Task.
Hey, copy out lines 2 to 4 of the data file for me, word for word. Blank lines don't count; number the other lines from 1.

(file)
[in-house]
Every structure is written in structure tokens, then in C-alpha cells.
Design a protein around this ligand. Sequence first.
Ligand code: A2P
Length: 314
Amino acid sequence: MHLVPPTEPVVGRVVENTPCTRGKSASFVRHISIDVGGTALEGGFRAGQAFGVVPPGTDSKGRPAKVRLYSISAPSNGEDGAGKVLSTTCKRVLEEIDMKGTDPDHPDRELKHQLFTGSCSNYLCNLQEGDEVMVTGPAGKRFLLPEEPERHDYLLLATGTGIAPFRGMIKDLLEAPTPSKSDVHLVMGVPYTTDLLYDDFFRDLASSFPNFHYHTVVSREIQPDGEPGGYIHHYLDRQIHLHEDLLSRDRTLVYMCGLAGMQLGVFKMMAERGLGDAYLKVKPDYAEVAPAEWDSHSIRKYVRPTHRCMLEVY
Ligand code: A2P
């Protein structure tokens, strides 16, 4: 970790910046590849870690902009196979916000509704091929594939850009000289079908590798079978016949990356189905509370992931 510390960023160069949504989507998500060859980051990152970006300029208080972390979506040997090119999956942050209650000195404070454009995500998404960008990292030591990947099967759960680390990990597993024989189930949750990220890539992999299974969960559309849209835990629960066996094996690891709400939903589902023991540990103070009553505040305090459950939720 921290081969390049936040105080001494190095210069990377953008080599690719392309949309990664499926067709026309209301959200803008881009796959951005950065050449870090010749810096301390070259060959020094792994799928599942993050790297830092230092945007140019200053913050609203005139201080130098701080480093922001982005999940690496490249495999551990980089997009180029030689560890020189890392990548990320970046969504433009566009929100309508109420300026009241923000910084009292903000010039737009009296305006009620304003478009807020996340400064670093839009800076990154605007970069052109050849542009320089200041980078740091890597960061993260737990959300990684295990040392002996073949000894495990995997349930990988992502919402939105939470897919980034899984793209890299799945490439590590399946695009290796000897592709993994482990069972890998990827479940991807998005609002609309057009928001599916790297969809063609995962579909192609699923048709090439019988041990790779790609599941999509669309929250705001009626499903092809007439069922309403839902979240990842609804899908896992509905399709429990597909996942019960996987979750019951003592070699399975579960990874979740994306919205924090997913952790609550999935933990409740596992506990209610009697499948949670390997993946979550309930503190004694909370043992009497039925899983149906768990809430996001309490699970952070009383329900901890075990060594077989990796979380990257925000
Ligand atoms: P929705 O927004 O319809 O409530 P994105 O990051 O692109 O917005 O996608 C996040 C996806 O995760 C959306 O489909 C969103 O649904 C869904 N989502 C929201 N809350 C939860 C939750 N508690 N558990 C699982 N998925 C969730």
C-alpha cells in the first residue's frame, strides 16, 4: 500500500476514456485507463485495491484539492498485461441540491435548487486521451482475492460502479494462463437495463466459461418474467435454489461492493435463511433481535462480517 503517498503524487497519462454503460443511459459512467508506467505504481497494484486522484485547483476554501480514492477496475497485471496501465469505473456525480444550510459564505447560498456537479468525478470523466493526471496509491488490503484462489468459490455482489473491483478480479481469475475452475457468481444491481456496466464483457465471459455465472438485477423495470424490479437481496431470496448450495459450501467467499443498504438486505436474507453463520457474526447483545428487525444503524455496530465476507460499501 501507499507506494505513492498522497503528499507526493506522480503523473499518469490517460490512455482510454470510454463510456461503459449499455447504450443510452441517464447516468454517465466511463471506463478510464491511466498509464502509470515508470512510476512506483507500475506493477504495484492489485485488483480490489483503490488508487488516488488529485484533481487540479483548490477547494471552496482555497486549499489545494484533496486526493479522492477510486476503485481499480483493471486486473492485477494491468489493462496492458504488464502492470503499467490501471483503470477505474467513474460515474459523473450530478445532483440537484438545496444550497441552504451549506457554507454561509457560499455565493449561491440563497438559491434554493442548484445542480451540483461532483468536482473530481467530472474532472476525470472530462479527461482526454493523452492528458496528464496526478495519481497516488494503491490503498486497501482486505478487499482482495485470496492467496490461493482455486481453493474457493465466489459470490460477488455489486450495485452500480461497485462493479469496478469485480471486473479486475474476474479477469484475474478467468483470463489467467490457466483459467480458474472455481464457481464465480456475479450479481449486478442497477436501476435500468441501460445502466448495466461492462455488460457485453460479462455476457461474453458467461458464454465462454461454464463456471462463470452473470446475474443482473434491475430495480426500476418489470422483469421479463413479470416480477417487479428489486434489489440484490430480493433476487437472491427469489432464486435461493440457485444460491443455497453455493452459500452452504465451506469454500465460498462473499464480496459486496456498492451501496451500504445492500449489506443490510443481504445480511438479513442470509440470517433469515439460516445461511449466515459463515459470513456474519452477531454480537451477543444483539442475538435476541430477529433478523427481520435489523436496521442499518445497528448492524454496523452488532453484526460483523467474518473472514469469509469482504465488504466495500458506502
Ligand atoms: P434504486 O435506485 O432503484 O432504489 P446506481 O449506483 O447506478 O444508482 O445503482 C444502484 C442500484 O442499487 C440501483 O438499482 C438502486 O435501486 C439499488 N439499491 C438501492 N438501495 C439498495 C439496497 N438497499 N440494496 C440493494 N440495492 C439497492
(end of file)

Every structure is written in structure tokens, then in C-alpha cells.
Design a protein around this ligand. Sequence first.
Ligand code: A2P